n=0

or, setting = a,


A cos = nCn an1 Pn (cos )
n=0

whence, upon applying the formula



2n + 1
Cn = A cos Pn (cos ) sin d,
2nan1 0
1.9. LAPLACE AND POISSON EQUATIONS IN A BALL 41

we nd that C1 = 1 and Cn = 0 for n = 2, 3, . . . . We conclude that

u(, ) = C + A cos ,

where C is an arbitrary constant.


Example 3. Solve the following Dirichlet problem for the Poisson equation in a ball
of radius a centered at the origin:

u = xz in the interior of the ball,
u|=a = 1.

Solution. Passing to spherical coordinates, we will seek the solution as a sum

u(, , ) = v(, , ) + w(),

where the function v(, , ) is dened as the solution of the equation


   
1 2 v 1 1 v

+ 2 sin +

2 sin


1 1 2v 2
+ 2 2 2
= cos sin(2), (1.33)

sin 2



0 < < a, 0 < < a, 0 < 2,


v(a, , ) = 0,

and the function w() is dened as the solution of the problem



1 d (2 w ) = 0, 0 < < a,
2 d (1.34)

w(a) = 1, |w(0)| < .

Let us solve rst problem (1.33), seeking the solution in the form
(1)
v(, , ) = R()P2 (cos ) cos ,
(1)
where P2 (x) is the associated Legendre function with indices n = 2, m = 1.
Substituting this expression of v(, , ) in the equation of problem (1.33) and
(1) (1)
denoting P2 (cos ) cos = Y2 (, ) we get the equation
& '
(1) (1)
(1) d 2  1 Y2 1 2 Y2 4 (1)
Y2 ( R ) + R sin +R = Y (, ).
d sin 2
sin 2 6 2

(1)
But by the denition of the spherical function Y2 (, ) one has the identity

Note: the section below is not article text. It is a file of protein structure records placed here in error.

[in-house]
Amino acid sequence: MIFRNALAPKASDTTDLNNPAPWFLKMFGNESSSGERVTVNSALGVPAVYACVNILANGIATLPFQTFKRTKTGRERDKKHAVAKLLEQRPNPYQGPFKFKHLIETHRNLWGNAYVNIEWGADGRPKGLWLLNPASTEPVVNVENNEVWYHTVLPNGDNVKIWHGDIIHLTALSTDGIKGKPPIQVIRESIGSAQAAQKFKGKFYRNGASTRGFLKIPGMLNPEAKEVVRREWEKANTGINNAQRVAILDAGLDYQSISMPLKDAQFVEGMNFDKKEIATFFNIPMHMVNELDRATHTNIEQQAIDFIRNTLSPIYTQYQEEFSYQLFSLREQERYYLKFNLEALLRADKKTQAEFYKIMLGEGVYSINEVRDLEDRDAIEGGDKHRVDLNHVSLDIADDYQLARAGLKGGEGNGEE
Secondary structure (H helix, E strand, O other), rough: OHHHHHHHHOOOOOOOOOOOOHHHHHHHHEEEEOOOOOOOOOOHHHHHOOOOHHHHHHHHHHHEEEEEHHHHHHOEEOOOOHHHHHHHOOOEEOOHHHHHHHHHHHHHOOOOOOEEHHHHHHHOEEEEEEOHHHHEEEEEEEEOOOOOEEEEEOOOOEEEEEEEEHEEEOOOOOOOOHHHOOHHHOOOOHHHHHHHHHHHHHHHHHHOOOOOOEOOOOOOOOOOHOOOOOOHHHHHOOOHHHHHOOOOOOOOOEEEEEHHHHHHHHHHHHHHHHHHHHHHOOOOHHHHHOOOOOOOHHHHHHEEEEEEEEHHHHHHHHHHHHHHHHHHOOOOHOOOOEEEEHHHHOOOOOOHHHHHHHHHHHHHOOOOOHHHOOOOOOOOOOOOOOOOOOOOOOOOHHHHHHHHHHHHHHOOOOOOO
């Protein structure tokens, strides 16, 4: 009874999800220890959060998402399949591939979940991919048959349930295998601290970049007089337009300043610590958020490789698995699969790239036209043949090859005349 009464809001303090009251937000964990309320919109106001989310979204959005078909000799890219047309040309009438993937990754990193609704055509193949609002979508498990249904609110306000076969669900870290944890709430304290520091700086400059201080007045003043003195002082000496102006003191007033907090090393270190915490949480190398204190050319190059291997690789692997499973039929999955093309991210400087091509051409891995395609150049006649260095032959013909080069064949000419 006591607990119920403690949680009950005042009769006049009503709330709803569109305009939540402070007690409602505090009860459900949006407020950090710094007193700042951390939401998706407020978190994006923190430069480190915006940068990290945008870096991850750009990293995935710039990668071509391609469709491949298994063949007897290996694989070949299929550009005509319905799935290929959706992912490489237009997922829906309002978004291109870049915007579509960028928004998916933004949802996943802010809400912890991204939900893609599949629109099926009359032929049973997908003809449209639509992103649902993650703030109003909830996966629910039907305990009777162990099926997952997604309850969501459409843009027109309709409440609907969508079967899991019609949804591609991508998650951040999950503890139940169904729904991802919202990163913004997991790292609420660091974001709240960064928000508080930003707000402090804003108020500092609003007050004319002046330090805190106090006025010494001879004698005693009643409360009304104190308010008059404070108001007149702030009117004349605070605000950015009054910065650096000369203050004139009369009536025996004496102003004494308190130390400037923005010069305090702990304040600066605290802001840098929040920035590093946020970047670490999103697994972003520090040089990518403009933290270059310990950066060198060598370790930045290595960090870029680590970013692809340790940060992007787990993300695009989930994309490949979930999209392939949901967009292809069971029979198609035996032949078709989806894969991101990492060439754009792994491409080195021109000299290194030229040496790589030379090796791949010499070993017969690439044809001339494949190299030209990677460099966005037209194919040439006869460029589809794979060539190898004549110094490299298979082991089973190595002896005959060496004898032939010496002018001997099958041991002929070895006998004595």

& '
(1) (1)
1 Y2 1 2 Y2 (1)
sin + 2 2
+ 6Y2 = 0, 0 < < , 0 < < 2.
sin sin
42 CHAPTER 1. ELLIPTIC PROBLEMS

Therefore,
d 2  (1) (1) 4 (1)
( R )Y2 6RY2 = Y ,
d 6 2
which yields the equation
d 2  4
( R ) 6R = , 0 < < a,
d 6
together with the boundary conditions |R(0)| < , R(a) = 0. Therefore, the
function R() is determined by solving the problem

2  4
R + 2R 6R = , 0 < < a,
6

|R(0)| < , R(a) = 0.
1 2 2
Its solution is R() = 84 ( a2 ). The solution of problem (1.34) is w() = 1.
We conclude that
1 2 2 (1)
w(, , ) = 1 + ( a2 )P2 (cos ) cos .
84
Remark 1. In the general case, when one solves the interior Dirichlet problem for
the Laplace equation with the condition u| = f (, ) (where is the ball of
radius a centered at the origin and is its boundary), one can write

n
f (, ) = an [Anm cos(m) + Bnm sin(m)] Pn(m) (cos ),
n=0 m=0

where the coecients Anm and Bnm are given by the formulas
2
f (, )Pn(m) (cos ) cos(m) sin d d
0 0
Anm = (m)
Yn 2 an
and
2
f (, )Pn(m) (cos ) sin(m) sin d d
0 0
Bnm = (m) 2 n
;
Yn a
also, 
2m (n + m)! 2, if m = 0,
Yn(m) 2 = , where m =
2n + 1 (n m)! 1, if m > 0.
Remark 2. The solution of the aforementioned interior Dirichlet problem for the
Laplace equation at a point (0 , 0 , 0 ) admits the integral representation (Poisson
integral)
2
a a2 2